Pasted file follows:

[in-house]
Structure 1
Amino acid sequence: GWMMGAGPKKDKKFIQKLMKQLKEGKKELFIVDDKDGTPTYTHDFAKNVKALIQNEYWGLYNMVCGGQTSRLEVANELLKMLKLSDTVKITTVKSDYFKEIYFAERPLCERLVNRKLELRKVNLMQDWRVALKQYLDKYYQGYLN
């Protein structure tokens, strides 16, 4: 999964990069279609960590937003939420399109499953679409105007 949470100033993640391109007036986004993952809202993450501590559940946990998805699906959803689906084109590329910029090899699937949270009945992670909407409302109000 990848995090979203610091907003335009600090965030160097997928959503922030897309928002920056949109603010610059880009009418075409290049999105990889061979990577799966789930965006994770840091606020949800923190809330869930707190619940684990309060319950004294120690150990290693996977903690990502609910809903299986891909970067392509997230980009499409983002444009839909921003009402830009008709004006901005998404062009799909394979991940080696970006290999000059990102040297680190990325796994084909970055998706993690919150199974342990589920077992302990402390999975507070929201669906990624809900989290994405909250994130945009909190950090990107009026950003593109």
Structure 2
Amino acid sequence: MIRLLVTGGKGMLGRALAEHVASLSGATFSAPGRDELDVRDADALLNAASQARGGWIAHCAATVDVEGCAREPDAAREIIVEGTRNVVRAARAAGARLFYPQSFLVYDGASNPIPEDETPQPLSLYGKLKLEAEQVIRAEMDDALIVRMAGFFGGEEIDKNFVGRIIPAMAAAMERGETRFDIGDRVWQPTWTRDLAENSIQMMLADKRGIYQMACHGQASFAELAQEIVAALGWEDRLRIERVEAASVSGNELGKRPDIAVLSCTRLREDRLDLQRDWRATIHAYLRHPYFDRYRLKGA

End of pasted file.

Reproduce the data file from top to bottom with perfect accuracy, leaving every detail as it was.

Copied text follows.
[in-house]
Structure 1
Amino acid sequence: GWMMGAGPKKDKKFIQKLMKQLKEGKKELFIVDDKDGTPTYTHDFAKNVKALIQNEYWGLYNMVCGGQTSRLEVANELLKMLKLSDTVKITTVKSDYFKEIYFAERPLCERLVNRKLELRKVNLMQDWRVALKQYLDKYYQGYLN
């Protein structure tokens, strides 16, 4: 999964990069279609960590937003939420399109499953679409105007 949470100033993640391109007036986004993952809202993450501590559940946990998805699906959803689906084109590329910029090899699937949270009945992670909407409302109000 990848995090979203610091907003335009600090965030160097997928959503922030897309928002920056949109603010610059880009009418075409290049999105990889061979990577799966789930965006994770840091606020949800923190809330869930707190619940684990309060319950004294120690150990290693996977903690990502609910809903299986891909970067392509997230980009499409983002444009839909921003009402830009008709004006901005998404062009799909394979991940080696970006290999000059990102040297680190990325796994084909970055998706993690919150199974342990589920077992302990402390999975507070929201669906990624809900989290994405909250994130945009909190950090990107009026950003593109």
Structure 2
Amino acid sequence: MIRLLVTGGKGMLGRALAEHVASLSGATFSAPGRDELDVRDADALLNAASQARGGWIAHCAATVDVEGCAREPDAAREIIVEGTRNVVRAARAAGARLFYPQSFLVYDGASNPIPEDETPQPLSLYGKLKLEAEQVIRAEMDDALIVRMAGFFGGEEIDKNFVGRIIPAMAAAMERGETRFDIGDRVWQPTWTRDLAENSIQMMLADKRGIYQMACHGQASFAELAQEIVAALGWEDRLRIERVEAASVSGNELGKRPDIAVLSCTRLREDRLDLQRDWRATIHAYLRHPYFDRYRLKGA